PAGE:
The cauldron of molten lava had been sufficiently heated to about 2500 degrees, and the experiment was on. At 2:45 p.m., Sonder gave the thumbs up.
"Let's do it," he said
The handmade metal box sat on a track of rollers by the concrete induction oven. Bach grabbed long handle attached to the box. He and Sonder wore helmets and face masks, as well as reflective aluminized gloves, jackets and pants, like the ones used in steel mills
Sonder flipped the oven's cauldron on its side, allowing the bubbling liquid rock to flow into the box. When it was full, Bach dragged the box a few feet on the track to the contraption of water probe lines and sheet metal. Inside the shed, Sonder set the computer program in motion and closed the shed door.
He and Bach then backed away about 35 feet and waited.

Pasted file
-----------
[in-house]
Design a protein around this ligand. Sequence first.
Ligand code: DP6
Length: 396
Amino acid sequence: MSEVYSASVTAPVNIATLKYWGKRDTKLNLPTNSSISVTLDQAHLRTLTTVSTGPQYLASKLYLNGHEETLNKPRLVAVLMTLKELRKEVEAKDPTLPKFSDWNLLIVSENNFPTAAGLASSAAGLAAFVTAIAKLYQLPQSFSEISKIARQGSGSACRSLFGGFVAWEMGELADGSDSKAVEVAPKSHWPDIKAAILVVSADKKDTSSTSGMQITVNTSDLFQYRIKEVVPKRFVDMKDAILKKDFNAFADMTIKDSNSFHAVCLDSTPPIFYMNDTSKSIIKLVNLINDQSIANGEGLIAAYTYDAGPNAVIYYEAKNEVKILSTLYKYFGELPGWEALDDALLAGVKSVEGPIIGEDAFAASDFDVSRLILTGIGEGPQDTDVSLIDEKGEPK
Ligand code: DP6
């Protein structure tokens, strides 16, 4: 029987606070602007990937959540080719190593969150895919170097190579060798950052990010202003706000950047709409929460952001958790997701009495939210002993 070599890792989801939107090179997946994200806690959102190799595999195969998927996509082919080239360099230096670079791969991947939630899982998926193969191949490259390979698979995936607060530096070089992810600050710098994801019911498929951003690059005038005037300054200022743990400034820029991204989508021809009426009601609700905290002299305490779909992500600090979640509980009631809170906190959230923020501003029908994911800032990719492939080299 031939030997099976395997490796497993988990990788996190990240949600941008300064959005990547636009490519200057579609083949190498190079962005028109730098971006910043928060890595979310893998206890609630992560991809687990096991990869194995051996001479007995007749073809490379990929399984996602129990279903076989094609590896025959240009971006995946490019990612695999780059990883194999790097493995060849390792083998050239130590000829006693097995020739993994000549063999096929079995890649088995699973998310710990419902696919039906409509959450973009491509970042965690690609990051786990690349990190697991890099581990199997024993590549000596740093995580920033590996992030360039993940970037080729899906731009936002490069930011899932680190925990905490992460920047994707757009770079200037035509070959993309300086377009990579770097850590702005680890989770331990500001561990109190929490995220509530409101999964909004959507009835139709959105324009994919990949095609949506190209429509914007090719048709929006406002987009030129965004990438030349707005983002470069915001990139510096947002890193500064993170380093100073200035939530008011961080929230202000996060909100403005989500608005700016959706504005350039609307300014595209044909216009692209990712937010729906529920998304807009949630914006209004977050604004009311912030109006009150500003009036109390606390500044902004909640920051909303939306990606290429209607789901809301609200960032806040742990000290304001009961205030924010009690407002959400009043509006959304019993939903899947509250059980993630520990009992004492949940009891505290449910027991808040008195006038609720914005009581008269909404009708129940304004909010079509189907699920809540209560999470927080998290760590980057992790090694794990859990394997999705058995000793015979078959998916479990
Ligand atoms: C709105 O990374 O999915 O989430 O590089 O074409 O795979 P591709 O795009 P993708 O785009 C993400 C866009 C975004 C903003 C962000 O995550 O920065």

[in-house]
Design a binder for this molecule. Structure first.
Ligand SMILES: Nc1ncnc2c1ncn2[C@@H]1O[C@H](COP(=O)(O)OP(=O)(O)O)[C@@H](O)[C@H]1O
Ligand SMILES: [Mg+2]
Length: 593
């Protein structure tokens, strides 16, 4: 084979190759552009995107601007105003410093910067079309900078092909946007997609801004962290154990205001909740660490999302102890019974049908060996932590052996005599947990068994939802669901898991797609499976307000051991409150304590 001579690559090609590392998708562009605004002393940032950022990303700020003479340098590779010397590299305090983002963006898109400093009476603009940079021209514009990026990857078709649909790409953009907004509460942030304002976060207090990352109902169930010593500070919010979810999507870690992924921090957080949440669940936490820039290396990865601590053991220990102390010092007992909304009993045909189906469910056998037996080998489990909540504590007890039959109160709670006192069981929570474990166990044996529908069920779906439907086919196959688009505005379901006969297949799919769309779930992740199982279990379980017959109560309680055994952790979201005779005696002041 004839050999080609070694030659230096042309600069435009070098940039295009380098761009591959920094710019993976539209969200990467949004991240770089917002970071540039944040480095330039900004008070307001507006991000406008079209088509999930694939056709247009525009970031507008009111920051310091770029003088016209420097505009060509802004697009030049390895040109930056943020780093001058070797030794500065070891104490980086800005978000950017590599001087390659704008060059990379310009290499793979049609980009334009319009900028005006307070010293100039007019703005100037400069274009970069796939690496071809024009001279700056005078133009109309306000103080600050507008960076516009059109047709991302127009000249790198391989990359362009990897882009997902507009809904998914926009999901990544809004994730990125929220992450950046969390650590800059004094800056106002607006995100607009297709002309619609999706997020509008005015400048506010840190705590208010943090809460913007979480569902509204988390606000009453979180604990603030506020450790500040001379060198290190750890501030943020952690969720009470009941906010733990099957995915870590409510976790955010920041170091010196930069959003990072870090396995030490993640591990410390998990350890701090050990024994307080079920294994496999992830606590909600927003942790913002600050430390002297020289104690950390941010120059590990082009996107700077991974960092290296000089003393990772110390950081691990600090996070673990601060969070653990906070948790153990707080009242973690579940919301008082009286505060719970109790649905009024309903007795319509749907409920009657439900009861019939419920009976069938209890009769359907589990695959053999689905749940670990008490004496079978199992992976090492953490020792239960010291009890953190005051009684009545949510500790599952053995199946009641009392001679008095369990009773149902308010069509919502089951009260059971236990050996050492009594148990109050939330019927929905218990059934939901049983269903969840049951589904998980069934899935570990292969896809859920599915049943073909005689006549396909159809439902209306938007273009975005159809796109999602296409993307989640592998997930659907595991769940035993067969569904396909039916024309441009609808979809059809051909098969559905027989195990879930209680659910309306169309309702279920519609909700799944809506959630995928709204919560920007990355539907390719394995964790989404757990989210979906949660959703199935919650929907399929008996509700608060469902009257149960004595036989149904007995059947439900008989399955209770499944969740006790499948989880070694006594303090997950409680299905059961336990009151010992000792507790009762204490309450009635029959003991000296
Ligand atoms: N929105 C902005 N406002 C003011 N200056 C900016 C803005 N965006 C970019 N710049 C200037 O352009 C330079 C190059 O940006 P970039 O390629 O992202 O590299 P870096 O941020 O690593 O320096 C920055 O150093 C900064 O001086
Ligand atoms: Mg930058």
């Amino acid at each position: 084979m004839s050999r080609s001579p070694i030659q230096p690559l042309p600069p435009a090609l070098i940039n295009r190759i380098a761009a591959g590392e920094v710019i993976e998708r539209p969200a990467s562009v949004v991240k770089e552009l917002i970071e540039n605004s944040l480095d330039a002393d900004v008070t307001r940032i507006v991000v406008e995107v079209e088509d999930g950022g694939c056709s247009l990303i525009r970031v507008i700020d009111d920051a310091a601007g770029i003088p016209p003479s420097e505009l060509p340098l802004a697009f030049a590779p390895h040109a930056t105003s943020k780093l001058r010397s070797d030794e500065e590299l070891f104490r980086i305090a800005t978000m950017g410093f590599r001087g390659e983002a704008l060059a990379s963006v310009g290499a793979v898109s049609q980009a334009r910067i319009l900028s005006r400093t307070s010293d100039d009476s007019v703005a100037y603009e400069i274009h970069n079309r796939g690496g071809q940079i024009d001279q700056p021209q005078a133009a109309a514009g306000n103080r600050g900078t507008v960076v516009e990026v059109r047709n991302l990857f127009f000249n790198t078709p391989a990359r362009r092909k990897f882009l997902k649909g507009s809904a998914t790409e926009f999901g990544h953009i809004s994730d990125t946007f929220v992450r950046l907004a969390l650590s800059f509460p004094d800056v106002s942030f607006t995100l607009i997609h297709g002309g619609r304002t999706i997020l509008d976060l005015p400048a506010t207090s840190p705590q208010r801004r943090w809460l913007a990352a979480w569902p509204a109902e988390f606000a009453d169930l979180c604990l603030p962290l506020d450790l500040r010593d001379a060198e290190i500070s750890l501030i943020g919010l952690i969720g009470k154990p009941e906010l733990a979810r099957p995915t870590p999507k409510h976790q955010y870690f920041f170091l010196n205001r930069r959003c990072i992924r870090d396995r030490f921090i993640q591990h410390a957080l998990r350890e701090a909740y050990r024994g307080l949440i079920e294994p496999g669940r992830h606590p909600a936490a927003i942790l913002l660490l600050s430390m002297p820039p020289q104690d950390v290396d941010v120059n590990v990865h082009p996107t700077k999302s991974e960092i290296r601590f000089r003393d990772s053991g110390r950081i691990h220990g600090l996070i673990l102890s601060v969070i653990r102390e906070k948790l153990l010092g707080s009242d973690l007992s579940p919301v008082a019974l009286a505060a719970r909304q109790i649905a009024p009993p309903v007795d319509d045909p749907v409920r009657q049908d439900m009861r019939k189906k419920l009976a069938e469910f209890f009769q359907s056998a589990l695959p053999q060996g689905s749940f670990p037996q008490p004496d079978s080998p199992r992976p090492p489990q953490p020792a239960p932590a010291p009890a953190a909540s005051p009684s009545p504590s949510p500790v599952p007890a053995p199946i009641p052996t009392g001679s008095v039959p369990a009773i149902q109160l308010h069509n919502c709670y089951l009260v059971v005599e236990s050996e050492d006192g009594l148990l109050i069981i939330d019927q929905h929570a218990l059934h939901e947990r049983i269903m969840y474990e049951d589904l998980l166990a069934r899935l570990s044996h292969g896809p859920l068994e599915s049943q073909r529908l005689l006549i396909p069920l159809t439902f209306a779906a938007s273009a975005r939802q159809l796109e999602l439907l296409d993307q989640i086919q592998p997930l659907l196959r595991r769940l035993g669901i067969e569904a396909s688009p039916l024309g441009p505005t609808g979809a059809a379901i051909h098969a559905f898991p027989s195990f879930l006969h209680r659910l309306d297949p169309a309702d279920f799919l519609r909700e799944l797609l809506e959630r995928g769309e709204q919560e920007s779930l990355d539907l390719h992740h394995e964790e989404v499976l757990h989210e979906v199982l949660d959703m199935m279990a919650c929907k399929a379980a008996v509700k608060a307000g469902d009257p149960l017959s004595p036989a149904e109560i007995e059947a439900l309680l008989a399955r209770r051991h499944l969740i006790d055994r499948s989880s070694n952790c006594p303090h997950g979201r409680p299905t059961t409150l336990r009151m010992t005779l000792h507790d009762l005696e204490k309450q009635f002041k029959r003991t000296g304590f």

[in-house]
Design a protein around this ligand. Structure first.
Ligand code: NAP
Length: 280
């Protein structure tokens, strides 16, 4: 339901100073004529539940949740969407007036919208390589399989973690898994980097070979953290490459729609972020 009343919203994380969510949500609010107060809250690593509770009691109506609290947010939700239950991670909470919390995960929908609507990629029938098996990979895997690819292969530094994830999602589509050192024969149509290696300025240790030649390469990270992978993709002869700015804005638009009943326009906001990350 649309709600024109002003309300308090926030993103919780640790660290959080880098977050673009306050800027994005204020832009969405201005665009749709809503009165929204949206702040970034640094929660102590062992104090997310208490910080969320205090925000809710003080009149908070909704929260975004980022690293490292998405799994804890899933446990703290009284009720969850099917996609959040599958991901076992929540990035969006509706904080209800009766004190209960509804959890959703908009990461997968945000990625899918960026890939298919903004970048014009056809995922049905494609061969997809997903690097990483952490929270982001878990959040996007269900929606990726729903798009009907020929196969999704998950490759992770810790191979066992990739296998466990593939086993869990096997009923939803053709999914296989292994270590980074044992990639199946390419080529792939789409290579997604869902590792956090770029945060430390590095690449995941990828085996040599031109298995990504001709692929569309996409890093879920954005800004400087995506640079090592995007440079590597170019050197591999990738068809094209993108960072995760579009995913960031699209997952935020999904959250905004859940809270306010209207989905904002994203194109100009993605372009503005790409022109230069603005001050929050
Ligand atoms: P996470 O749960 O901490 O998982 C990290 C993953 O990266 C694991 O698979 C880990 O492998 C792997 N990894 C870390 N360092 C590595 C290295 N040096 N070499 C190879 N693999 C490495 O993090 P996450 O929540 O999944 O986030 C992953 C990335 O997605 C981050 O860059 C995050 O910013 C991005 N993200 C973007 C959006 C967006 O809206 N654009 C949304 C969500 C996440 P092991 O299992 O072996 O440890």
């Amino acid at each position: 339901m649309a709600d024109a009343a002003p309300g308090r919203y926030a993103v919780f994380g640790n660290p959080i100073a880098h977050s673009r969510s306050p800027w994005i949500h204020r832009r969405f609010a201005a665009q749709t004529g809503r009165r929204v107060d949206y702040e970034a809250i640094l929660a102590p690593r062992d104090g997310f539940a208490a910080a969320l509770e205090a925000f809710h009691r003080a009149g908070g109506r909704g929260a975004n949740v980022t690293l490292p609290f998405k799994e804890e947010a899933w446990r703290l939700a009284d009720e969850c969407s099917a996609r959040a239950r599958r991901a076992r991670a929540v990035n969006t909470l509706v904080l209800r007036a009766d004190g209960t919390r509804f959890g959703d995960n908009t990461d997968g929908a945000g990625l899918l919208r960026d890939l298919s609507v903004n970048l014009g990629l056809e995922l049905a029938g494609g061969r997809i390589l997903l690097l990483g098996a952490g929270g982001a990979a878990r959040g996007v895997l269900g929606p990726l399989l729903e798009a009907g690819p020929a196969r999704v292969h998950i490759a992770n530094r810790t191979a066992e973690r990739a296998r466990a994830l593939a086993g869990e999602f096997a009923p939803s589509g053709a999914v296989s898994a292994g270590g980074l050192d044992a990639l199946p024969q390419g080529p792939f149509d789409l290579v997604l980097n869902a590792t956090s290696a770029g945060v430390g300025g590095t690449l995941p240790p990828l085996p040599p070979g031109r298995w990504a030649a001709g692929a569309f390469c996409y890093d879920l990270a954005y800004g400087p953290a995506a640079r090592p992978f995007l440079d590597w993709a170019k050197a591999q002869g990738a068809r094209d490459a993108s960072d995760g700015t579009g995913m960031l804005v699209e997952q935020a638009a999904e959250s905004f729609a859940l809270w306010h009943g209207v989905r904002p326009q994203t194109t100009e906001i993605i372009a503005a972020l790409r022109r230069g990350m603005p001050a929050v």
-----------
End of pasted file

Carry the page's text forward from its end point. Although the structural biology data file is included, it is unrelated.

This time, the fireworks didn't disappoint. Magma shot out of the box in all directions, as much as five or six feet high and wide. In a few seconds, it was all over.
"Pretty explosive," Bach said with a smile.
Sonder was just happy everything functioned correctly, especially the probes that had been giving him fits.
"All the details worked today, which is good. It's not every time the case," he said. "You work so hard, and then it's gone."
Sonder and his colleagues will spend the next weeks and month analyzing videos and data for more clues about how volcanic explosions work.
A quick glimpse of some video already revealed something startling to Sonder: The sledge hammer had no effect whatsoever on the reaction.
"The whole melt came out before the hammer, which is very interesting," he said.